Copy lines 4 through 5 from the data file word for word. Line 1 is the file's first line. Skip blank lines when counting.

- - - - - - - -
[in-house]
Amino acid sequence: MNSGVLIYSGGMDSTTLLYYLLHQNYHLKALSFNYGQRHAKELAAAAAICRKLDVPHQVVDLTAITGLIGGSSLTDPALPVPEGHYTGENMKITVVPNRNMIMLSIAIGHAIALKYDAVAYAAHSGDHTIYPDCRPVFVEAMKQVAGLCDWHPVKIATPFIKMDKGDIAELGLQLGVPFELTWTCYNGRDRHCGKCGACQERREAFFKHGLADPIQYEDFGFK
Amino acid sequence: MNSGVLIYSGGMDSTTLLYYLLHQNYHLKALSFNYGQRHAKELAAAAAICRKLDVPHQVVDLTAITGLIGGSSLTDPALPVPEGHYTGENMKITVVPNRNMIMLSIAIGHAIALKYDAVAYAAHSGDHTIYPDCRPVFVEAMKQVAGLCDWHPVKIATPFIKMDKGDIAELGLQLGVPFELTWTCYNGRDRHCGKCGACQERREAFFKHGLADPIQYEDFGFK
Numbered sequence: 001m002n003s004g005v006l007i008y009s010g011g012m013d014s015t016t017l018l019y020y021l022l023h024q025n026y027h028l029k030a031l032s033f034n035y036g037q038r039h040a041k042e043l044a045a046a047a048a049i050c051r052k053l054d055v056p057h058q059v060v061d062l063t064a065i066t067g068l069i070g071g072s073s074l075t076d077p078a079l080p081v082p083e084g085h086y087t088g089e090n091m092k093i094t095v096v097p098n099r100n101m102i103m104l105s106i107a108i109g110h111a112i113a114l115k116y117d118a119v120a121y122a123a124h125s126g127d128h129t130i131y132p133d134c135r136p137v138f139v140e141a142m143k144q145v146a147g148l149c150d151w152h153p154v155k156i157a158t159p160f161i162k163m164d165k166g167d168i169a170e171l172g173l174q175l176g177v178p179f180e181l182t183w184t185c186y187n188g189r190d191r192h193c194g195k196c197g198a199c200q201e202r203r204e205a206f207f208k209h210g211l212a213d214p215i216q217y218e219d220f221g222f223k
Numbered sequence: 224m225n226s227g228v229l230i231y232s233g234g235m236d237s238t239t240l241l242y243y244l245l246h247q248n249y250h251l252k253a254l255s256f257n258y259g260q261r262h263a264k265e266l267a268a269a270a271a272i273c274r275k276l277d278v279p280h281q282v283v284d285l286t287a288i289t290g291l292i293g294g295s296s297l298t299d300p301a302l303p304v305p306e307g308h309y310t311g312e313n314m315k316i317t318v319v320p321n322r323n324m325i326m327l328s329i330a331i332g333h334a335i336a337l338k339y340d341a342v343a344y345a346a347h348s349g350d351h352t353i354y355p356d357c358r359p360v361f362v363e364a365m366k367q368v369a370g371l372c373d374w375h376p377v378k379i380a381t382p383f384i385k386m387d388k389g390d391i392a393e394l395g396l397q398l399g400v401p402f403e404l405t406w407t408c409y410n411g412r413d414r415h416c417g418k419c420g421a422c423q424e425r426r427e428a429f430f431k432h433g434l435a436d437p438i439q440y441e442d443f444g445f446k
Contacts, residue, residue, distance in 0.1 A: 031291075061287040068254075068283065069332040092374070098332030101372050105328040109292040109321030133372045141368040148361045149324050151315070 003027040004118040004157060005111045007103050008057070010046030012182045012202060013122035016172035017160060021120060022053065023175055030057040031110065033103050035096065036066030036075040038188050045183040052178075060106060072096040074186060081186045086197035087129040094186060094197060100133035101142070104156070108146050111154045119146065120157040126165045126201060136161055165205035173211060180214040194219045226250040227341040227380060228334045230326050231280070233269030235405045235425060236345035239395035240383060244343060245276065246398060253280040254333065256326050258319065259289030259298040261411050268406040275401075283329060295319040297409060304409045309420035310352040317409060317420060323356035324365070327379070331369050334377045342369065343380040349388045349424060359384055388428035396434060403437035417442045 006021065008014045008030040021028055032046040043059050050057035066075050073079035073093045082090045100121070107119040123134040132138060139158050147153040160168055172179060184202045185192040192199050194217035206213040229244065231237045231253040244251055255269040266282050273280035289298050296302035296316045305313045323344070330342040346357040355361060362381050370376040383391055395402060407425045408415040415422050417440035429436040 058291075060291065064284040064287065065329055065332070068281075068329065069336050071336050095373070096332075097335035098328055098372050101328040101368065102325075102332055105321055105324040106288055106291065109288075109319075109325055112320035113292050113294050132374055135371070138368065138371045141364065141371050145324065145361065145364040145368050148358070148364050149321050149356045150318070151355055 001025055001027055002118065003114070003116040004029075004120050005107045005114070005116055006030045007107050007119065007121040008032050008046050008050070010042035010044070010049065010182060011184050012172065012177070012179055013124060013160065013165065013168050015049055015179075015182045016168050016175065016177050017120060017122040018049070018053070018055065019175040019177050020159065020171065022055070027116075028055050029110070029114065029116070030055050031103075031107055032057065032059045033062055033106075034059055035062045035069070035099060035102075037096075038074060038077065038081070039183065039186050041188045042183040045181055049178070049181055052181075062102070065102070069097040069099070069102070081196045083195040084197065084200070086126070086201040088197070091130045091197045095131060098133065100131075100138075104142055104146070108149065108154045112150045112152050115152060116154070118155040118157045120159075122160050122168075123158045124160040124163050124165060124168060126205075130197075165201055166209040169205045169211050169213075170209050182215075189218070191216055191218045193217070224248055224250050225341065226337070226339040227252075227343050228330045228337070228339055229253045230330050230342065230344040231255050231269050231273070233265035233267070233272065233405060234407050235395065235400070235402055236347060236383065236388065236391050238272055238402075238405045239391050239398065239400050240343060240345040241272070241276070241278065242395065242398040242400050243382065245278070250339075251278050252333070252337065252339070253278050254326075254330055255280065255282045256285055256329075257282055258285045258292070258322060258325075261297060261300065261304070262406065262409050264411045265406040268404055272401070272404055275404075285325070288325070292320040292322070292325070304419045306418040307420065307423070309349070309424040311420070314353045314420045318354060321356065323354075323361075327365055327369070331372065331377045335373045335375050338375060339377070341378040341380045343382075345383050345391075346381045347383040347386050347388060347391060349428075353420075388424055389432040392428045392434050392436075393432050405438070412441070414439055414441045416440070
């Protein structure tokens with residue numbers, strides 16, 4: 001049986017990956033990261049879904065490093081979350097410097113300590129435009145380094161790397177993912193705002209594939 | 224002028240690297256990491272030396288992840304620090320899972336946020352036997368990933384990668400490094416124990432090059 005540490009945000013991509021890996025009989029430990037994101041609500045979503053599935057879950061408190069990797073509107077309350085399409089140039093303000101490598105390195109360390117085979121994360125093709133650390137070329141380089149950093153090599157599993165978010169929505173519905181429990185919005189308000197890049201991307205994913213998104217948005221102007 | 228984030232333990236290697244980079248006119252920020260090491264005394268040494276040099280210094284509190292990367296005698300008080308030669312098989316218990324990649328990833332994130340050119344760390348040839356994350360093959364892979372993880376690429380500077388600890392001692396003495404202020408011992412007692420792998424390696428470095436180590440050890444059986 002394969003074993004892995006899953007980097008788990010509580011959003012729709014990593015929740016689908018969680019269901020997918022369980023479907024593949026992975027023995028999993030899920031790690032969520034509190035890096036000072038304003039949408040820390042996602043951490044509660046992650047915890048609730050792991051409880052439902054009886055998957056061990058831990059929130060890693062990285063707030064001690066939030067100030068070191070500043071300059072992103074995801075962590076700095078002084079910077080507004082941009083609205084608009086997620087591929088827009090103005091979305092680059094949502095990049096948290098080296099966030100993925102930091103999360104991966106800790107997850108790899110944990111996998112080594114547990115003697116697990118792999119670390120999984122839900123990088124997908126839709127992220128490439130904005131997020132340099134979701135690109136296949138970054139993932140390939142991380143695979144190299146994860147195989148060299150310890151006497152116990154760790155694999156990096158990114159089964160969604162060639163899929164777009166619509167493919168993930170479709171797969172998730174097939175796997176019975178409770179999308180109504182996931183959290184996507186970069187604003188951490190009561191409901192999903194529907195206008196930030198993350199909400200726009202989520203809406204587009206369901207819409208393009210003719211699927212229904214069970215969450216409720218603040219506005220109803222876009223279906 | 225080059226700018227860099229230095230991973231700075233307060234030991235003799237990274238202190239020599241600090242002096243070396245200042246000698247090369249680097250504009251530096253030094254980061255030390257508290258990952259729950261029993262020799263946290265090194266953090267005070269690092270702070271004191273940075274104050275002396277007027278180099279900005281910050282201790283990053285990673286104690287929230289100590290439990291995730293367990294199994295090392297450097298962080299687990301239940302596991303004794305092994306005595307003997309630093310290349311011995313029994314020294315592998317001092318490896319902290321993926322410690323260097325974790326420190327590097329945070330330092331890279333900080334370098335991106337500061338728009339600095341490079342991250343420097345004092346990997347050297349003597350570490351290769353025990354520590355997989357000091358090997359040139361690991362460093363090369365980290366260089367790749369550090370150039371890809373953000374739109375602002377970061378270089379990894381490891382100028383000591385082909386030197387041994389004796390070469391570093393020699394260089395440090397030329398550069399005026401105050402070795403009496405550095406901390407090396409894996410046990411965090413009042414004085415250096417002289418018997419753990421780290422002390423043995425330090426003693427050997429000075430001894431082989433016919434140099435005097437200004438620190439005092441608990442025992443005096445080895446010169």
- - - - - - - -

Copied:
Numbered sequence: 001m002n003s004g005v006l007i008y009s010g011g012m013d014s015t016t017l018l019y020y021l022l023h024q025n026y027h028l029k030a031l032s033f034n035y036g037q038r039h040a041k042e043l044a045a046a047a048a049i050c051r052k053l054d055v056p057h058q059v060v061d062l063t064a065i066t067g068l069i070g071g072s073s074l075t076d077p078a079l080p081v082p083e084g085h086y087t088g089e090n091m092k093i094t095v096v097p098n099r100n101m102i103m104l105s106i107a108i109g110h111a112i113a114l115k116y117d118a119v120a121y122a123a124h125s126g127d128h129t130i131y132p133d134c135r136p137v138f139v140e141a142m143k144q145v146a147g148l149c150d151w152h153p154v155k156i157a158t159p160f161i162k163m164d165k166g167d168i169a170e171l172g173l174q175l176g177v178p179f180e181l182t183w184t185c186y187n188g189r190d191r192h193c194g195k196c197g198a199c200q201e202r203r204e205a206f207f208k209h210g211l212a213d214p215i216q217y218e219d220f221g222f223k
Numbered sequence: 224m225n226s227g228v229l230i231y232s233g234g235m236d237s238t239t240l241l242y243y244l245l246h247q248n249y250h251l252k253a254l255s256f257n258y259g260q261r262h263a264k265e266l267a268a269a270a271a272i273c274r275k276l277d278v279p280h281q282v283v284d285l286t287a288i289t290g291l292i293g294g295s296s297l298t299d300p301a302l303p304v305p306e307g308h309y310t311g312e313n314m315k316i317t318v319v320p321n322r323n324m325i326m327l328s329i330a331i332g333h334a335i336a337l338k339y340d341a342v343a344y345a346a347h348s349g350d351h352t353i354y355p356d357c358r359p360v361f362v363e364a365m366k367q368v369a370g371l372c373d374w375h376p377v378k379i380a381t382p383f384i385k386m387d388k389g390d391i392a393e394l395g396l397q398l399g400v401p402f403e404l405t406w407t408c409y410n411g412r413d414r415h416c417g418k419c420g421a422c423q424e425r426r427e428a429f430f431k432h433g434l435a436d437p438i439q440y441e442d443f444g445f446k